As FARC ceasefire begins, Colombian military and politicians stay on the offensive
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As FARC ceasefire begins, Colombian military and politicians stay on the offensive

An indefinite unilateral ceasefire announced by the Revolutionary Armed Forces of Colombia (FARC) last week went into effect on December 20 — less than a day after a last-hour show of force from the rebels left five soldiers dead, according to the Colombian army. While unilateral pauses by the rebel group have occurred since the start of peace talks with the government began at the end of 2012, this is the first time in the 50-year history of the Colombian conflict that the FARC has halted hostilities for an indefinite period.

The move, praised by the European Union and the United Nations, was also welcomed by  Colombian President Juan Manuel Santos, who said in a press release that it was a “good start” to the process of de-escalation of hostilities. However, Santos rejected calls by the guerrillas for regional and international groups like the International Red Cross and the United Nations to monitor the ceasefire, saying the government itself will oversee the implementation of the FARC’s decision.

Read more: Colombian president rejects FARC ceasefire

The FARC has placed another condition on its ceasefire. On the group’s website, the rebels claimed that the pause in hostilities would end “only if it is found that our guerrilla structures have been attacked by the public force.”

It is likely, however, that military operations against the guerrillas will continue. Wilson Chawez, the commander of the brigade attacked Friday, vowed to continue operations against the “terrorists,” according to AFP.

“We’re going to pursue our military operations. It’s a unilateral ceasefire. We’re an army that remains on the offensive,” he said.

Santos has publicly rejected calls over the last two years to implement a bilateral ceasefire with the rebels, saying that military operations will continue until a final deal is reached. According to the president, this allows the government to continue fulfilling its “irrevocable constitutional duty to guarantee and protect the rights of Colombians,” though it has been well-documented by NGOs and international bodies that public forces are one of the principal violators of the human rights of Colombians.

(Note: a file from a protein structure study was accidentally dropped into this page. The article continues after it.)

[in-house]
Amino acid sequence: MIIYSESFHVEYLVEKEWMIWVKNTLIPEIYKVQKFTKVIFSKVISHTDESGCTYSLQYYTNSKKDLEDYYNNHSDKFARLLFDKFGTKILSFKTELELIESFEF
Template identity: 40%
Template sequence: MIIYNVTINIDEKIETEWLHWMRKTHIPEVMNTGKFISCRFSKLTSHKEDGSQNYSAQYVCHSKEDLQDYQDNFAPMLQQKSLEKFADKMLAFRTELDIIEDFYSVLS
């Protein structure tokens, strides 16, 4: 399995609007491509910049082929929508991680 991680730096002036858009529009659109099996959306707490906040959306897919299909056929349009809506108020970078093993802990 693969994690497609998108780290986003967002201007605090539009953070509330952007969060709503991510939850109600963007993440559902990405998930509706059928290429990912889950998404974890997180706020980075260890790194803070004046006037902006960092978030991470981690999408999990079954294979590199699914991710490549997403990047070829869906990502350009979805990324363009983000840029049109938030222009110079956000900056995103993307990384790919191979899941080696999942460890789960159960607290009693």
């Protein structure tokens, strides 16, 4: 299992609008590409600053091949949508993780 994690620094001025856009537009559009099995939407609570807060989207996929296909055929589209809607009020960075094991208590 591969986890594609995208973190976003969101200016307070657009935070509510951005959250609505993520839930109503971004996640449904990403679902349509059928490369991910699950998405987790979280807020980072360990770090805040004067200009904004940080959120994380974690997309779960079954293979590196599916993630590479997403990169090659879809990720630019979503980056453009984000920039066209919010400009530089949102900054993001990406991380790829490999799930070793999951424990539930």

In September, the president announced on Twitter that he had ordered a general to “intensify” the military offensive against the FARC guerrillas after seven police officers were killed, allegedly by the rebels and a neo-paramilitary group, in the northern part of the country.

And on the day of the FARC ceasefire announcement, Santos said that “the strength of the military offensive will continue until we put an end to this conflict.”

Perhaps, if nothing else, the FARC’s decision will provide incentive for Santos and the Colombian military to show more restraint, though the comments of the commander of the recently-attacked brigade seem to suggest otherwise.

Delegations of conflict victims visiting the peace talks in Havana, Cuba, have repeatedly called on the government to agree to a bilateral ceasefire. In the wake of the capture of a Colombian general by the FARC — which resulted in suspension of the talks until a resolution was reached and the general was released — many on the Colombian left again urged the president to de-escalate hostilities.

Read more: In wake of Colombian general’s kidnapping, more questions than answers

Political pressure from the right, however, and past experiences with only partial fulfillment of ceasefires have kept Santos from signing off on such an agreement. Hardline ex-President Álvaro Uribe, once an ally of Santos, has been a strong critic of the peace talks and accused Santos of handing over the country to “narco-terrorists.” Uribe has taken the opposing view of the left and victims’ delegations, using every opportunity of FARC-government confrontation not to urge a ceasefire, but instead to argue against negotiating until the rebels halt all hostilities.

But, as Uribe’s handpicked former presidential candidate Oscar Iván Zuluaga demonstrated after the FARC’s announcement, the right appears unwilling to accept any type of concession from the rebels.

“The FARC announcement is a new media show that seeks to weaken our armed forces,” Zuluaga tweeted.

But if the FARC fighters can show restraint — as they sometimes have in the past — and hold their ceasefire, even if attacked by Colombia’s armed forces, it may be easier to overcome opposition to the peace talks, and the chances of an eventual bilateral ceasefire and a final peace agreement will be greatly increased.